Matthew Shepard Biography, Life, Interesting Facts

Victim of Atrocity

Matthew Shepard

Birthday :

December 1, 1976

Died On :

October 12, 1998

Birth Place :

Casper, United States, Wyoming

Zodiac Sign :


Chinese Zodiac :


Birth Element :


Early Years and Education

Matthew Wayne Shepard was born 1st December 1976, to Dennis and Judy Shepard. He was born in Casper, Wyoming, in the United States, and had a younger brother named Logan, who he was very close with.

Shepard studied at Crest Hill Elementary School, then Dean Morgan Junior High School, and finally Natrona County High School. He got on well with all his fellow students, but he did get teased quite a bit because of his slight stature and lack of athletic ability. He had a keen interest in politics from a young age.

Matthew Shepard's father went to work for Saudi Aramco in 1994, and the family moved to the Saudi Aramco Residential Camp in Dhahran, in Saudi Arabia. He went to the American School in Switzerland, and he graduated in May 1995.

Upon returning to the U.S., Shepard went to Catawba College in North Carolina, and then Casper College in Wyoming. He then studied at the University of Wyoming, with his major being political science and his minor being languages.

While on a high school trip to Morocco in 1995, Shepard was beaten and raped. His mother claimed the experience caused him to have panic attacks and episodes of depression. One of his friends also felt that he had become involved with drugs during his college years because of the incident.

Matthew Shepard was admitted to hospital on several occasions because of his clinical depression and suicidal tendencies.



On 6th October 1998, Matthew Shepard met up with Aaron McKinney and Russell Henderson at a local bar, and subsequently, McKinney and Henderson said they would drive Shepard home.

Instead of driving him home, they drove him to a remote area in the country. They robbed, pistol-whipped and tortured Shepard, then tied him to a fence and let him die. Later reports said the pistol-whipping was brutal Shepard’s skull was fractured.

The girlfriends of McKinney and Henderson testified that neither of the men was affected by alcohol or drugs at the time of the attack.

McKinney and Henderson returned to town after their attack on Shepard, and McKinney picked a fight with two Hispanic youths. Police officer Flint Waters attended the scene of the fight, and upon going through McKinney’s truck, a blood-smeared gun was discovered. Waters also found Shephard’s shoes and his credit card.

Matthew Shepard was discovered some hours later by a local cyclist who alerted the police. Reggie Fluty was the first police officer to the scene. As the medical gloves issues by the government were faulty, Fluty used her bare hands to clear an airway in Shepard’s mouth.

Fluty found out the next day that Shepard was HIV positive and she may have been exposed to the disease through open wounds on her hands. After treatment for several months, Fluty was declared negative for HIV.

Matthew Shepard's injuries were severe, and the doctors couldn’t operate. He remained on full life support, and never regained consciousness. He was declared dead on 12th October 1998, six days after the attack.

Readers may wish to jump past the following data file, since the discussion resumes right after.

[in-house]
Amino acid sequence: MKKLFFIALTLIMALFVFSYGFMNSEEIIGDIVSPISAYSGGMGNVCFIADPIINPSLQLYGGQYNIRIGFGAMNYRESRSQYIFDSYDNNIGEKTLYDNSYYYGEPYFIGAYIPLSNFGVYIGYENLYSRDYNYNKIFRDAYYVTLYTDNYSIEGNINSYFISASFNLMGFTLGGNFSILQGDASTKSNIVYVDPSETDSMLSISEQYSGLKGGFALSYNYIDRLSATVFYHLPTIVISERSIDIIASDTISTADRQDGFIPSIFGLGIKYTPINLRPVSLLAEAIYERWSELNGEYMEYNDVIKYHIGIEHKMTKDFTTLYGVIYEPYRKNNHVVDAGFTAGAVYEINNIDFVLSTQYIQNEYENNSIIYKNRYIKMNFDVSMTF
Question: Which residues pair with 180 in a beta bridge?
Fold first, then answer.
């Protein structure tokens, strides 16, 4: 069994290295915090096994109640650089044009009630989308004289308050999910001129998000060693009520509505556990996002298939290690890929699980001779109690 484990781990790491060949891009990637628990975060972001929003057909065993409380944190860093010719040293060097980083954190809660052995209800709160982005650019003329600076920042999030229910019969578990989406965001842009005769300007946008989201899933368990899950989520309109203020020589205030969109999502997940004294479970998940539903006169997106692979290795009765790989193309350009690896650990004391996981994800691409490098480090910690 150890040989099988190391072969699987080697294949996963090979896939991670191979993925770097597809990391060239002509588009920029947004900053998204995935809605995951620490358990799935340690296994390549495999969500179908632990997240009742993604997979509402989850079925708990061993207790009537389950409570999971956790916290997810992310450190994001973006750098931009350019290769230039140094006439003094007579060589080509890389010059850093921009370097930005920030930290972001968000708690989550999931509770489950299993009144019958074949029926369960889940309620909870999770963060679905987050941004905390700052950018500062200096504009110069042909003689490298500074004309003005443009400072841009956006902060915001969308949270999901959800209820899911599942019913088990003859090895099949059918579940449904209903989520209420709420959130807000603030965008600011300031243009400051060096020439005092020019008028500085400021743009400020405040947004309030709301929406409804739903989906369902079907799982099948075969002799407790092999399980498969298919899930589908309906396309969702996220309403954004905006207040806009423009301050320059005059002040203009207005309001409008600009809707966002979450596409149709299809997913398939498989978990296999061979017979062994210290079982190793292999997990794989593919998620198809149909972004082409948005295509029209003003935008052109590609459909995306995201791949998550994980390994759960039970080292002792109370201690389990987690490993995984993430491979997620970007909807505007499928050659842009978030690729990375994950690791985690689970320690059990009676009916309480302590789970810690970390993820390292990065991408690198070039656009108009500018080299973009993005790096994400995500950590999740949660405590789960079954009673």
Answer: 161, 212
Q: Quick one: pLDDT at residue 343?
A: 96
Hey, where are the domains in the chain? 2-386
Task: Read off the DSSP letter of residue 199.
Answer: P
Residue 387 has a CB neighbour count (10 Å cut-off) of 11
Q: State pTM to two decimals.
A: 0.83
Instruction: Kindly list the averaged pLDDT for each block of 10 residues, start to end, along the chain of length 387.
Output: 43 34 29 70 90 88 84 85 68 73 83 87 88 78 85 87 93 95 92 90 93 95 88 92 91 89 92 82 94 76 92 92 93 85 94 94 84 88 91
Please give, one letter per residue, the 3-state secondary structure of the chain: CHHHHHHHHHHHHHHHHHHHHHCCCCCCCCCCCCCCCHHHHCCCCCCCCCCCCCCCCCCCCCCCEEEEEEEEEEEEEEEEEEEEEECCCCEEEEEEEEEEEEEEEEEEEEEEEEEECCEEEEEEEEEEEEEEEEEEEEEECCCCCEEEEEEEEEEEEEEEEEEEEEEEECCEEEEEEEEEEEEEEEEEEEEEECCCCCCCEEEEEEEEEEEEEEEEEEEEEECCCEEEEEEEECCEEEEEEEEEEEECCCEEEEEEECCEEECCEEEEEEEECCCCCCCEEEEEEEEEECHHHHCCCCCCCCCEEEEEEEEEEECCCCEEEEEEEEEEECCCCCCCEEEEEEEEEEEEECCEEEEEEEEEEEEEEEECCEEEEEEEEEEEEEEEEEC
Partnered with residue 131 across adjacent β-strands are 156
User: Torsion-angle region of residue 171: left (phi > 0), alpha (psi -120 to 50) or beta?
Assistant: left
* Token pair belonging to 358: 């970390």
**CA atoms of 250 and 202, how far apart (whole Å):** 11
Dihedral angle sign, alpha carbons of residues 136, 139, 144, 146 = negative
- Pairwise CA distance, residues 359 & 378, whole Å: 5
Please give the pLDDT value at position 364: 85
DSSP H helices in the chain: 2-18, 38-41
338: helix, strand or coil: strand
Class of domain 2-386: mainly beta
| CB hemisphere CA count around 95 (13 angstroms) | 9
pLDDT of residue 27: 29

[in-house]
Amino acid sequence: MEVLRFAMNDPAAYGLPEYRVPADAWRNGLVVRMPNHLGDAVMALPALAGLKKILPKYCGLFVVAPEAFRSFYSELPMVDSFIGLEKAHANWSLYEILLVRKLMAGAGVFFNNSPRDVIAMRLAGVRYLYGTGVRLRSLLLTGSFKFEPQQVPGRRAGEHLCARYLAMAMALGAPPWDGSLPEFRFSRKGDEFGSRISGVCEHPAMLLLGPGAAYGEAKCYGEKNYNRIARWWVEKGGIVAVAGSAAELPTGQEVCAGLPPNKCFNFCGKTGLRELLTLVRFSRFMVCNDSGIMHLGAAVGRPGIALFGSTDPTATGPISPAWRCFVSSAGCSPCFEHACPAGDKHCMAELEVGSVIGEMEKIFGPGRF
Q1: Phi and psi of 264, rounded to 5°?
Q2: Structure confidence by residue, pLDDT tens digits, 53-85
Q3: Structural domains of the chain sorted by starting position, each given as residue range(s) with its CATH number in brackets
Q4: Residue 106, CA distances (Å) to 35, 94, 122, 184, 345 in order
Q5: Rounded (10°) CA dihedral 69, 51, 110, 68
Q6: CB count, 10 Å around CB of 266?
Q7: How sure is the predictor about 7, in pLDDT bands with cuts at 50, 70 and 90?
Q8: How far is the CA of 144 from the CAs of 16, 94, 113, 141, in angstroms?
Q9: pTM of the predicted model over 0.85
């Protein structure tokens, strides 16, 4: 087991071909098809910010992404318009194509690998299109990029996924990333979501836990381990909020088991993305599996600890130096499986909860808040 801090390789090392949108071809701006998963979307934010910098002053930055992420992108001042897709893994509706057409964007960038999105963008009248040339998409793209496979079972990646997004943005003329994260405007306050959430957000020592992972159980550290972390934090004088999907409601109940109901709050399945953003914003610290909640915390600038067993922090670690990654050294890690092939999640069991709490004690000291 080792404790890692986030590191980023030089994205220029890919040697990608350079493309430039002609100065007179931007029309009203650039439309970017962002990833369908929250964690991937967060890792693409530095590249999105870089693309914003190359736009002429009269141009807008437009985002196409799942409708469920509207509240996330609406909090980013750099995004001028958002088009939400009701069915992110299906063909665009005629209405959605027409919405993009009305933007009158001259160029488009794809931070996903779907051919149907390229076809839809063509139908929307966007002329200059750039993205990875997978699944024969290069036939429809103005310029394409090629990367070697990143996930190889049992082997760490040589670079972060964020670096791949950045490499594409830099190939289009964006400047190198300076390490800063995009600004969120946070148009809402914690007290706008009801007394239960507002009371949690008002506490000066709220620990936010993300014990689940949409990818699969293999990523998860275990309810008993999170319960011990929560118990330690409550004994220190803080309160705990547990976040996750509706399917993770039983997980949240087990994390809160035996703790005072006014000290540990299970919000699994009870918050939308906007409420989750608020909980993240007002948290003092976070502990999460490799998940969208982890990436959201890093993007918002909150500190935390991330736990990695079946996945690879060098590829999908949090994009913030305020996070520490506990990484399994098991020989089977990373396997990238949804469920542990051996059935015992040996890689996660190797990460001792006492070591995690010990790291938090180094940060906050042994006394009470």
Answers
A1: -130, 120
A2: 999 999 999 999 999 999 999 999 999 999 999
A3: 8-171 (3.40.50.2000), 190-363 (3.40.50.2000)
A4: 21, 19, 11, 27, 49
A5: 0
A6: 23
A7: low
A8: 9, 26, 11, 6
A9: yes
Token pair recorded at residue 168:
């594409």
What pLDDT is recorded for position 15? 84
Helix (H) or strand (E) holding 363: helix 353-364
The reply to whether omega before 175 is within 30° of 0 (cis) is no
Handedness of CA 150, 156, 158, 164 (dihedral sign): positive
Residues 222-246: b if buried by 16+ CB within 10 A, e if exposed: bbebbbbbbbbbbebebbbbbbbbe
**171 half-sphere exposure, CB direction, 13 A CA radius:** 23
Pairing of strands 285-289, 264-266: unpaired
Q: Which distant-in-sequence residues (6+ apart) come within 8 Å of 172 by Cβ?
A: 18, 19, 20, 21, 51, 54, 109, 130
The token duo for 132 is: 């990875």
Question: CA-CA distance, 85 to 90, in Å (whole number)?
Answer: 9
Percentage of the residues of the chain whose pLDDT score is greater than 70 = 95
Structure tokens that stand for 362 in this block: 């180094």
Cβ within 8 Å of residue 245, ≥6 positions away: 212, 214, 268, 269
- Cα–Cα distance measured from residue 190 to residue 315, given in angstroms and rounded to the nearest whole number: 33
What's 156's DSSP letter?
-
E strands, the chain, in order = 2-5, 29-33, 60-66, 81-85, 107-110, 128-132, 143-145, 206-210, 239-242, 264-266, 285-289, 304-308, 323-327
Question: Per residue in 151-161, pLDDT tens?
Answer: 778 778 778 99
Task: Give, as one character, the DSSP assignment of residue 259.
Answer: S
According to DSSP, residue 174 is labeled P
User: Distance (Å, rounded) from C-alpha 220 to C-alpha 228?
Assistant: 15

The trial of McKinney and Henderson

McKinney and Henderson were arrested and charged with kidnapping, aggravated robbery, and attempted murder. When Shepard died, the charges of attempted murder were upgraded to first-degree murder. Their girlfriends, Kristen Price, and Chasity Pasley were both charged with being accessories after the fact.

McKinney’s pre-trial hearing was in November 1998. In December 1998, Pasley pleaded guilty to her charge of being an accessory after the fact to first-degree murder.

In April 1999, Henderson pleaded guilty to murder and kidnapping, which meant he didn’t have to go to trial. He also agreed to testify against McKinney, which would result in Henderson avoiding the death penalty. In return, he was handed two consecutive life terms.

McKinney’s trial was held in October and November 1999. It was alleged that McKinney and Henderson pretended to be gay to lure Shepard into their truck so that they could rob him. McKinney’s lawyer argued his client went temporarily insane by alleged sexual advances made by Shepard, and this is what drove the killing. The judge rejected the defense.

McKinney was found not guilty of premediated murder, but guilty of felony murder. The jury began to deliberate on whether he should receive the death penalty, but Shepard’s parents did a deal which saw McKinney sentenced to two consecutive life terms with no parole.


Speculation and Legacy

Speculation continued for years after the case, with some advocating that drugs were the primary cause of the attack, not Matthew Shepard's sexual orientation.

In 1998, Matthew Shepard's parents, Dennis and Judy, founded the Matthew Shepard Foundation. Judy became a vocal advocate for LGBT rights and concentrated mainly on areas relating to gay youth.

At the time of Matthew Shepard attack, there was no law enabling prosecution of crimes based on sexual orientation being tried as hate crimes. After several attempts at getting a law passed, finally, in 2007, the Matthew Shepard Act was introduced as federal bipartisan legislation. As it passed each house, President George W. Bush announced he would veto the legislation if it crossed his desk.

When Barack Obama was elected as President in 2008, he announced he was committed to passing the Act. The legislation was introduced and debated, and Obama signed it into law on 28th October 2009.

In 2009, Judy Shepard released a book about the events and the background of Shepard’s upbringing. It was called, The Meaning of Matthew: My Son’s Murder in Laramie, and a World Transformed.

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